Results 1 
6 of
6
TwoTier Signatures, Strongly Unforgeable Signatures, and FiatShamir without Random Oracles
, 2007
"... We show how the FiatShamir transform can be used to convert threemove identification protocols into twotier signature schemes (a primitive we define) with a proof of security that makes a standard assumption on the hash function rather than modeling it as a random oracle. The result requires secu ..."
Abstract

Cited by 25 (1 self)
 Add to MetaCart
(Show Context)
We show how the FiatShamir transform can be used to convert threemove identification protocols into twotier signature schemes (a primitive we define) with a proof of security that makes a standard assumption on the hash function rather than modeling it as a random oracle. The result requires security of the starting protocol against concurrent attacks. We can show that numerous protocols have the required properties and so obtain numerous efficient twotier schemes. Our first application is an efficient transform of any unforgeable signature scheme into a strongly unforgeable one, which uses as a tool any twotier scheme. (This extends work of Boneh, Shen and Waters whose transform only applies to a limited class of schemes.) The second application is new onetime signature schemes that, compared to oneway function based ones of the same computational cost, have smaller key and signature sizes.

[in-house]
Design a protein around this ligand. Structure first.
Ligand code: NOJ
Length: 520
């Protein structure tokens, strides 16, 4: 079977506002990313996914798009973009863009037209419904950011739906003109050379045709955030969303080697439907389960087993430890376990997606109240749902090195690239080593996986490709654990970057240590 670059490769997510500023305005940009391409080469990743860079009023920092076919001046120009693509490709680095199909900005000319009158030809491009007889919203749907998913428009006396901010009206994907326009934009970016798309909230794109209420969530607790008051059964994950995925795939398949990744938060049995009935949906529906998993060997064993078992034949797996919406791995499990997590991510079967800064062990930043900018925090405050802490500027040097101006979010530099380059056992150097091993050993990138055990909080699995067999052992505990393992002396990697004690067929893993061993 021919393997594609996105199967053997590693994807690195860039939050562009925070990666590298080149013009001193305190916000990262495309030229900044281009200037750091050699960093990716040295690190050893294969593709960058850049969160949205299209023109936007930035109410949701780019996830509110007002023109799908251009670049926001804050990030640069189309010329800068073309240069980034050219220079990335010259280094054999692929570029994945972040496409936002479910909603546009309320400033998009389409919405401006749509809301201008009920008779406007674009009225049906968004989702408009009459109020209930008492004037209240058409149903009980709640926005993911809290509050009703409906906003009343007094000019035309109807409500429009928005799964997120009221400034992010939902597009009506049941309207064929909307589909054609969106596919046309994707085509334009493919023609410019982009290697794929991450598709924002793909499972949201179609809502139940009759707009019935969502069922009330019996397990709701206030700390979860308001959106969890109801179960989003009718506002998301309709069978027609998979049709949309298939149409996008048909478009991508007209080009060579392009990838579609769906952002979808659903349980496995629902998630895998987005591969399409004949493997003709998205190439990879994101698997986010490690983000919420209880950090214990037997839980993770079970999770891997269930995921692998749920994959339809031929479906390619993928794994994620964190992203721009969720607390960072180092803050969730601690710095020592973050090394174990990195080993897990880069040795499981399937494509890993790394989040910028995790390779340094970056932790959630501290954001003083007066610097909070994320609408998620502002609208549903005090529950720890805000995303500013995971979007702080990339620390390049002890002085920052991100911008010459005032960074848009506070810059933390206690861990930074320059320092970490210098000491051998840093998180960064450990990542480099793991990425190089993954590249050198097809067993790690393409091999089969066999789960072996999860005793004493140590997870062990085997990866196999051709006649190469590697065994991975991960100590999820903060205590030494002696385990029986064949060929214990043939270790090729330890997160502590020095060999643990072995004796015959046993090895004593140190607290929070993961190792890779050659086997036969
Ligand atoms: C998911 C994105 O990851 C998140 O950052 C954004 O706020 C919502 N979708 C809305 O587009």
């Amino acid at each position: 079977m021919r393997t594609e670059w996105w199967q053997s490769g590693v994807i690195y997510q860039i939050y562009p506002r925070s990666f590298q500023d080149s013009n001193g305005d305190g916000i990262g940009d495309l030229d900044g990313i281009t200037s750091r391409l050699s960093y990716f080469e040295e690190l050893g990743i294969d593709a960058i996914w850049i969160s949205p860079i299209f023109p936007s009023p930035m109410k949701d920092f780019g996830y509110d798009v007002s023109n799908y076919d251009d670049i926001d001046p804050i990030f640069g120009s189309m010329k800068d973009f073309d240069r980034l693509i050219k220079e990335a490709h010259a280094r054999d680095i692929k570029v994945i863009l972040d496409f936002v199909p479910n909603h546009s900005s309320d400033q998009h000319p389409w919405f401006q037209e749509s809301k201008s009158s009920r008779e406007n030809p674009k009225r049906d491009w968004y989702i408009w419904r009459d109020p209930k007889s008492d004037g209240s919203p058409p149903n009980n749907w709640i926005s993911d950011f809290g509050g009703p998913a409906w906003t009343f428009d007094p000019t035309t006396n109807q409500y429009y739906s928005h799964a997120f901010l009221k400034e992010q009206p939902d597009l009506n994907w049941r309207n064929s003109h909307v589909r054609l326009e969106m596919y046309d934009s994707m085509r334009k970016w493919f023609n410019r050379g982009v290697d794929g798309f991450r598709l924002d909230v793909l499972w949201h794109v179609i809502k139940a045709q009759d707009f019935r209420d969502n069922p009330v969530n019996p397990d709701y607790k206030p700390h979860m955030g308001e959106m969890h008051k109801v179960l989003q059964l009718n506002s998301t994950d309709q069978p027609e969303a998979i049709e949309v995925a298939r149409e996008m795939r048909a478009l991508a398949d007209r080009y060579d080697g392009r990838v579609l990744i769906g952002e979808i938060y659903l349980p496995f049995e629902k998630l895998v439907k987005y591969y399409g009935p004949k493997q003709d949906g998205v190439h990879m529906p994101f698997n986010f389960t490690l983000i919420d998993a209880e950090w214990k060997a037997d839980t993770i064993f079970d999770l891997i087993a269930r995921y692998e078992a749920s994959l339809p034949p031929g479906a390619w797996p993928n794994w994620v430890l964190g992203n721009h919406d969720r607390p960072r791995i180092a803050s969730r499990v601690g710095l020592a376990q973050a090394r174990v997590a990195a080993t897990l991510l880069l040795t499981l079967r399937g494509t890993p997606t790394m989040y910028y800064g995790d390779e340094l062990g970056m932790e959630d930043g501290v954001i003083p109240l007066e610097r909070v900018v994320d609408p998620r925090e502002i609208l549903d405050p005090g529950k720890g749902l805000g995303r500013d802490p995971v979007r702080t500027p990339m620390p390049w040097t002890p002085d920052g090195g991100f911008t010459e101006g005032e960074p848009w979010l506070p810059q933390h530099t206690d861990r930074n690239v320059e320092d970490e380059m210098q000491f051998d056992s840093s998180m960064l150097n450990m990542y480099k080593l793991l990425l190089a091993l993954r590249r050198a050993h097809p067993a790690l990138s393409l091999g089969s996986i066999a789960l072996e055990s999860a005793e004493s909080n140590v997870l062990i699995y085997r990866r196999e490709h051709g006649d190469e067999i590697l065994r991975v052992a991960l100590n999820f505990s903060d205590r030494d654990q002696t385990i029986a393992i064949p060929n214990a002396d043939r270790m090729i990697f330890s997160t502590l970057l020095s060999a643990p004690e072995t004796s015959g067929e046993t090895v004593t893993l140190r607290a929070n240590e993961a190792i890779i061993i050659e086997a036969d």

Authenticated Wireless Roaming via Tunnels: Making Mobile Guests Feel at Home
, 2009
"... In wireless roaming a mobile device obtains a service from some foreign network while being registered for the similar service at its own home network. However, recent proposals try to keep the service provider role behind the home network and let the foreign network create a tunnel connection throu ..."
Abstract

Cited by 4 (1 self)
 Add to MetaCart
(Show Context)
In wireless roaming a mobile device obtains a service from some foreign network while being registered for the similar service at its own home network. However, recent proposals try to keep the service provider role behind the home network and let the foreign network create a tunnel connection through which all service requests of the mobile device are sent to and answered directly by the home network. Such Wireless Roaming via Tunnels (WRT) offers several (security) benefits but states also new security challenges on authentication and key establishment, as the goal is not only to protect the endtoend communication between the tunnel peers but also the tunnel itself. In this paper we formally specify mutual authentication and key establishment goals for WRT and propose an efficient and provably secure protocol that can be used to secure such roaming session. Additionally, we describe some modular protocol extensions to address resistance against DoS attacks, anonymity of the mobile device and unlinkability of its roaming sessions, as well as the accounting claims of the foreign network in commercial scenarios.